As a man once murmured to my mother while walking off the golf course, thank god it’s over. I mention the federal election, of course. But what can I say, writing before knowing a result that may be obvious by publication time? Or a mud-merk because of all the mail-in votes etc. I’m guessing everyone is lost. But also won.
Seat Guessing is a game that pundits like to play during missions. But I am not sure if the audience has enjoyed it enough and it is not good after the votes are counted and you know whether you are lucky or not. Voters probably didn’t.
My regular readers are aware that I find the options seriously indifferent. Even the endorsement resigns because the Toronto Star stuns us by backing liberals, National Post Erin O’Neill is weary for communism, and Le Devour picks up the bloc (wait for it ). And the United Steelworkers… well, you get the idea.
Years ago, I advocated that the Ottawa Citizens Editorial Board refuse to endorse any, and my editor declared it unthinkable, a rare lapse of judgment on their part. but soft. I come to praise the election as well as bury it.
So let’s take a step back and celebrate the fact that we didn’t know the result ahead of time. Unlike Russian editors, who didn’t have to wait long before hitting “print” on “the electoral victory of Putin’s ruling party”.
In fact, in a sense, clichéd and important, we also knew our result in advance. We knew we would get the vote, our ballots would be counted fairly, and for all the cheap shots and rants about tyranny, plutocrats, and the Great Reset, every party leader and at least half of the party were comfortably certain. Were that, whatever the outcome, no one would be rounded up and shot, put in jail, or beaten to a pulp.
Nor do we really think because our party lost, there will never be an election again. I notice that Justin Trudeau said he is ready for electoral reform and, after I finish my coffee, I want to declare that this is still a bad idea. Supporting O’Toole and rejecting Bernier, Conrad Black stated that “France did not have a single-party parliamentary majority in its first four republics from 1793 to 1958, but Canadians generally preferred a majority government.” Huh.”
I think we are right to do so, and adopting a system in which every election is like this would be a step further away from the workings of self-government. But derived from a joyous ignorance, not the kind of malice that flourishes in many political systems.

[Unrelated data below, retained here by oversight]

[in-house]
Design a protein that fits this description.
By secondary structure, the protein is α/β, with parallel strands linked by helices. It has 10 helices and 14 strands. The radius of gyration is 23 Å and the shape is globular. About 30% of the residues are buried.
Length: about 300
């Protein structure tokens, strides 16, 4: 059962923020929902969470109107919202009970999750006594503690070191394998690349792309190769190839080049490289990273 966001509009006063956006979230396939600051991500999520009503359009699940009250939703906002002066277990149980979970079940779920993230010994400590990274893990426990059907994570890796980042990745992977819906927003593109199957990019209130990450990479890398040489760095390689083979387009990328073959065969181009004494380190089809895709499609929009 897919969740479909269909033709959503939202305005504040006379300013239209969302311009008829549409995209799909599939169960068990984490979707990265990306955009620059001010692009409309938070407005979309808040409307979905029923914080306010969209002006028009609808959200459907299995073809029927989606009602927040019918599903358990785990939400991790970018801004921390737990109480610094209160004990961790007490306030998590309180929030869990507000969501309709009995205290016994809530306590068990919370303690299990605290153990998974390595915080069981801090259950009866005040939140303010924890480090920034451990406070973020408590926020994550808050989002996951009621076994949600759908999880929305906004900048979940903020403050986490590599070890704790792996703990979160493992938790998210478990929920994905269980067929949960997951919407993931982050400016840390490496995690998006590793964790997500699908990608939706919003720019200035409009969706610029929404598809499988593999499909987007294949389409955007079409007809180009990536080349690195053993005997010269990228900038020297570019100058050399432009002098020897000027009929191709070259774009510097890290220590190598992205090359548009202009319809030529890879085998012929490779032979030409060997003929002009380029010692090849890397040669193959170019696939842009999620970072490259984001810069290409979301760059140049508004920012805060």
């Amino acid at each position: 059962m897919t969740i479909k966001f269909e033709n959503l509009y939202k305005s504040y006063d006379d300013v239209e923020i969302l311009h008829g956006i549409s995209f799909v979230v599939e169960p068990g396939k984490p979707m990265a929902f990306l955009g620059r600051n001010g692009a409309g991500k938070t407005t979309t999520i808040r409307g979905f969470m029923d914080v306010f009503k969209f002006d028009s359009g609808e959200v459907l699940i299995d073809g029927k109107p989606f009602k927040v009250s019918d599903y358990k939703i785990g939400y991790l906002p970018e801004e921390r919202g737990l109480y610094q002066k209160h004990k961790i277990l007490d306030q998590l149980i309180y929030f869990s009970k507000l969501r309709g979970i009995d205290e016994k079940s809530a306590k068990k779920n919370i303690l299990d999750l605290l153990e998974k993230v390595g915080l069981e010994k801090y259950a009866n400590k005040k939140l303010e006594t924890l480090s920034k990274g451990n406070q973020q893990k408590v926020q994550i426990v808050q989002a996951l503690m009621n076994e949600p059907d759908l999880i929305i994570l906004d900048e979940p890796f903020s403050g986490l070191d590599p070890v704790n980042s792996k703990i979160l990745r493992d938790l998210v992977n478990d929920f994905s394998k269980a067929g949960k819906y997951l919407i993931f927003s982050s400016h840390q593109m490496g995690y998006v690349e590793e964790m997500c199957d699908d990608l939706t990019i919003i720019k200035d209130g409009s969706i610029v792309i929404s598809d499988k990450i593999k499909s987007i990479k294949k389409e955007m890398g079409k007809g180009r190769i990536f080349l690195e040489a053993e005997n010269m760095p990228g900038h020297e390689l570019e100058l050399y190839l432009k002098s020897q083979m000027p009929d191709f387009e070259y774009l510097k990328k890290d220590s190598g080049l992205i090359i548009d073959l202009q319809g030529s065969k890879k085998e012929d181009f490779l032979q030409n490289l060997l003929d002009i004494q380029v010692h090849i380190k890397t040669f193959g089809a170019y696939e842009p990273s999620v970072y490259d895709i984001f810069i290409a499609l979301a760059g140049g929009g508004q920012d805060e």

Like Russia, where the Communist Party got the second highest number of seats. Yes, almost one in five voters want Stalin back, while many people support Putin because they think he already is.
Now consider France. It is actually better governed than most of the world. (Oh sorry, was that your coffee?) But instead of a parliamentary majority between 1793 and 1958, it saw several terrifying bursts of dictatorship, petty squabbles, and again mob rule. Napoleon III was no Stalin, or even Napoleon (instead Marx’s jibe “history repeats itself, first as tragedy, second as farce”) but the Paris Commune was no joke. Whereas here we will vote without any fear and vote again. Don’t forget to be happy, grateful and determined.
We will not vote without panic. At least I won’t. On the current trends, bankruptcy is probable and foreign conquest is conceivable. Canada is not governed seriously, and people eventually grow tired of systems that break trust in big and small ways. At the same time the citizens here are becoming more and more polite, which is not a spirit of eternal vigilance freedom requirements.
So I could wax ominous and would do it again. But a lapse in authoritarian thinking described by George Orwell in his political essays before, recalls a writer in Global Affairs: a strange failure in his sense of proportion. I never found the original and perhaps, unusually, the paraphrase improved upon it. Either way, one thing to protest in a democracy is the toxic tendency to describe opponents as monsters.
It is growing, from all sides. The left laughs about Bush Jr., and even more so about Bush Sr., Obama, the right, and there’s a lot more here in Canada. But as Adam Smith put it literally, “There is too much waste in a nation.” Democratic habits, not only the mechanics of giving speeches and voting but also individual self-government on which the political type depends, will remain strong despite antics of decency, restraint and the belief that our comrades will rally to defend themselves in a real crisis Politicians and partisans.
So yes, despite everything including candidates, seat counts, lousy campaigns, and broken promises, past, present, and future, I can predict in advance for later publication that we all won this election. Let’s celebrate it.
The views expressed in this article are those of the author and do not necessarily reflect the views of The Epoch Times.
This News Originally From – The Epoch Times